Wednesday, June 12, 2024

KCS in paradigm shift to avoid budgetary planning limitations

Neo Moroka, Chairman of Kalahari Conservation Society (KCS), says dependence on donor funding makes budgetary planning very difficult for the organisation as project turnaround time will always be beyond control.

Moroka, who is also De Beers Botswana CEO, said in order to address the revenue base anomaly the KCS has developed a broad framework of focused programmes that are not dependent on timing, and is gradually shifting away from project management as a primary emphasis.

Delivering the Chairman’s report at the KCS AGM, Moroka said the paradigm shift has broadened the scope to recognise the evolving operating landscape and outlined a strategic niche that will realise biodiversity conservation and ecosystem management objectives.

KCS has been successful in securing funding either through direct sponsorships, collaborations and partnerships for project implementation. For example, KCS was able to raise about P215 000 at its 2013 Annual Dinner Dance to be used towards establishment of its secretariat in Botswana. As the largest and most diverse partnership in environmental conservation since its establishment in 1982, KCS’s dominant conservation and development strategies have been to accommodate relevant national priorities; thereby minimising the fragmentation risk and contributing immensely to sustainable programmes.

“Contrary to assumptions, experience from the Integrated Water Resources Management (IWRM) project we facilitated and managed for the Botswana Government over the last four years has taught us that alignment, harmonisation and building on existing processes are effective. Various stakeholder collaboration links were instrumental to the project success and we hope the same shall happen during the implementation phase,” he said.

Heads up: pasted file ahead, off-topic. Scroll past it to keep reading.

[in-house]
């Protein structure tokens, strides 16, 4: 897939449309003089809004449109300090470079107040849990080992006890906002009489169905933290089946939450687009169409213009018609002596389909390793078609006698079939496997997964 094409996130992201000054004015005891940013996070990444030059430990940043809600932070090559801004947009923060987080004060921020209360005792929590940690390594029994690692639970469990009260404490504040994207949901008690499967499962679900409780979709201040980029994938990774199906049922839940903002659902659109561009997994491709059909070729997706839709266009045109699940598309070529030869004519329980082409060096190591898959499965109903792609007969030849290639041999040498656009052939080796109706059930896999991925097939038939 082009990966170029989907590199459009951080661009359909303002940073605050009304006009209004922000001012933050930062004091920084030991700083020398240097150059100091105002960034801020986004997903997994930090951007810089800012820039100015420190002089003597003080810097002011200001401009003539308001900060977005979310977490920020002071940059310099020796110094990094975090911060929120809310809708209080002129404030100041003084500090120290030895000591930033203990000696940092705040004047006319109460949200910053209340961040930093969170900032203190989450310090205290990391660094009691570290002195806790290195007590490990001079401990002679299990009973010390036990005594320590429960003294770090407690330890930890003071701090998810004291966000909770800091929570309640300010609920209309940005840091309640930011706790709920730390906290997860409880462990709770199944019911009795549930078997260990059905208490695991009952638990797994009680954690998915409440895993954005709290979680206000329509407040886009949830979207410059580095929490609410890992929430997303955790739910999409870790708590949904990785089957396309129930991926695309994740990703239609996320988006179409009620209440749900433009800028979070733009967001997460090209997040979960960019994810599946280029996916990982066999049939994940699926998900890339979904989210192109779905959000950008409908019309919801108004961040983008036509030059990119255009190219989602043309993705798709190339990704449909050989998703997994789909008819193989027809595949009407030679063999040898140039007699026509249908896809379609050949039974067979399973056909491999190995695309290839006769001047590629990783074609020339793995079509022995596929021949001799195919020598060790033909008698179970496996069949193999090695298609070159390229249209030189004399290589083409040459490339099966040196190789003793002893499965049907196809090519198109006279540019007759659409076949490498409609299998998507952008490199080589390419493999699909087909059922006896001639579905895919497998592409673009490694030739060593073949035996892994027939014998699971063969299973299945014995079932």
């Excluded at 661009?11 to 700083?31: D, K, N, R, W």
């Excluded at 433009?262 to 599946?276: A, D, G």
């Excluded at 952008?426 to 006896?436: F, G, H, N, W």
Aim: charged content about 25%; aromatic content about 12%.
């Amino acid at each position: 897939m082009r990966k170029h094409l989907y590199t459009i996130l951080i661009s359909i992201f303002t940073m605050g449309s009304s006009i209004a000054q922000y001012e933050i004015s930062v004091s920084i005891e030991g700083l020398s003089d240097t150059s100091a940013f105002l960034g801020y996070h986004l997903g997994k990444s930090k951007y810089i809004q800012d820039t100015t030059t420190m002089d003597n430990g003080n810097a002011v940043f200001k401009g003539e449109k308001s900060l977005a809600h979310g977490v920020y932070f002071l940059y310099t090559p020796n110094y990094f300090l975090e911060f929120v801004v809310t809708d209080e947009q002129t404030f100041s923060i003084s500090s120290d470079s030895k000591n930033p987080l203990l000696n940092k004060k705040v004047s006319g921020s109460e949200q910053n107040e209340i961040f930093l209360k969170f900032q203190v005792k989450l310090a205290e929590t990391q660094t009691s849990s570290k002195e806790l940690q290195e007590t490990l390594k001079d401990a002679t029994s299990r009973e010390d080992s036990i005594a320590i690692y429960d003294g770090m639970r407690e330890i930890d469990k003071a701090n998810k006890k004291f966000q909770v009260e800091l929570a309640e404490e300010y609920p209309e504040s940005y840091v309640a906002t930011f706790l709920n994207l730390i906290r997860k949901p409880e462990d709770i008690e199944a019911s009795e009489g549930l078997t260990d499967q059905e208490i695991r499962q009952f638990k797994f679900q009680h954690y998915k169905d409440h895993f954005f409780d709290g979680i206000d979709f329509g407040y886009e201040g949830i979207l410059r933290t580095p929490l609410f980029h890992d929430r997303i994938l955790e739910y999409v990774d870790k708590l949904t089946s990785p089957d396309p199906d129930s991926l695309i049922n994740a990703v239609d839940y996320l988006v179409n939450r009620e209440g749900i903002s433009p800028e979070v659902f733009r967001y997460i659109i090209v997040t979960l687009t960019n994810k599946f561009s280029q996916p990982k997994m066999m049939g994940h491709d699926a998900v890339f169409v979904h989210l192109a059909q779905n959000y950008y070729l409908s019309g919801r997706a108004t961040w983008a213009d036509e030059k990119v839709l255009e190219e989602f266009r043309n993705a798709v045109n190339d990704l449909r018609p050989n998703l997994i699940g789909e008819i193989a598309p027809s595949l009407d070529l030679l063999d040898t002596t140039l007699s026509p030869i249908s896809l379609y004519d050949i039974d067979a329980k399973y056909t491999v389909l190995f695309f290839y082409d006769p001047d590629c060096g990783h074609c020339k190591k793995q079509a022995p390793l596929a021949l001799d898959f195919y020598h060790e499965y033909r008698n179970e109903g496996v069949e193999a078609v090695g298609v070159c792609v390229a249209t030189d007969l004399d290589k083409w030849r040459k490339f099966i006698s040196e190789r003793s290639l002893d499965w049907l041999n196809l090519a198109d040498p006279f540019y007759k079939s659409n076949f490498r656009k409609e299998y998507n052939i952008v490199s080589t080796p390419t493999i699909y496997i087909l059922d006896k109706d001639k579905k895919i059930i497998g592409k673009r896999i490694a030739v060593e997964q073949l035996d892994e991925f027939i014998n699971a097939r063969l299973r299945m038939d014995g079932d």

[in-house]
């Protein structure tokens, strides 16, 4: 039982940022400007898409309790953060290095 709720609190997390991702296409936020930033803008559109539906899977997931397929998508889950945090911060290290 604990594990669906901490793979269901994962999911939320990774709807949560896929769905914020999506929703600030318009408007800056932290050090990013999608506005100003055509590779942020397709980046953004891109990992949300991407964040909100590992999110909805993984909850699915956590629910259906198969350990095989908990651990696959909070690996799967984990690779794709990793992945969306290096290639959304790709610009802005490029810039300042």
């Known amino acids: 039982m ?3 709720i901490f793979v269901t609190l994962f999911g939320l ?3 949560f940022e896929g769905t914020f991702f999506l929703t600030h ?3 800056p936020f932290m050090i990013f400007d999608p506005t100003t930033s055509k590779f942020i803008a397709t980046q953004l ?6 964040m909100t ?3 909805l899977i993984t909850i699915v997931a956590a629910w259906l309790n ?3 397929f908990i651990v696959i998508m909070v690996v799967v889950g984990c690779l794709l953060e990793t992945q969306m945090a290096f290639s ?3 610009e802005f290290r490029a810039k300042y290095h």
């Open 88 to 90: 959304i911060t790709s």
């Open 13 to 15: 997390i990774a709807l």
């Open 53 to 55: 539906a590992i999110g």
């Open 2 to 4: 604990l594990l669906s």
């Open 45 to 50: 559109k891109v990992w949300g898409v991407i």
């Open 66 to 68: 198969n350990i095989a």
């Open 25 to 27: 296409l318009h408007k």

KCS inspires environmentally conscious citizens striving for a healthy balance between present and future generations’ wellbeing and healthy ecosystems. Sanctuaries and reserves like Mokolodi and Khama Rhino Sanctuary must be designed not only in partnerships within the larger context of sustainable development, but also to address the economic and social environments. Environmental education forms the first collaboration point, the so called ‘low hanging fruits’ most of the prospective partners are implementing. Moroka said this approach in 2013 KCS resolved to review programming and align its strategy to activities that will ensure its continued sustainability.

Despite financial challenges following a major global recession and Botswana’s recent designation as an upper middle income country, KCS, together with its partners, has been able to continue contributing remarkably to the country’s conservation efforts, from a purely diversified wildlife management and biodiversity conservation perspective. KCS Chief Executive Officer, Felix Monggae, said: “During 2013, the Society, together with its partners, was able to continue to contribute remarkably to the country’s conservation efforts.”

Treasurer John Hinchliffe was also proud to report a 100 per cent clean audit, something which he said reflects KCS’s good accounting systems and procedures and enhances the Society’s trustworthy reputation. The newly elected KCS Board comprises: Moroka (Chairman), Bruce Blewett (Vice Chairman), Peter van Riet-Lowe (Secretary), John Hinchliffe (Treasurer), Terance Dambe (Legal Affairs). Other members included S. K. Kaunda, R. Jansen, P. Tafa, R. N. Matthews, G. Kiss, S. C. Modise, M. E. K. Masisi, Elias M. Dewah and S. W. Makhabu.


Read this week's paper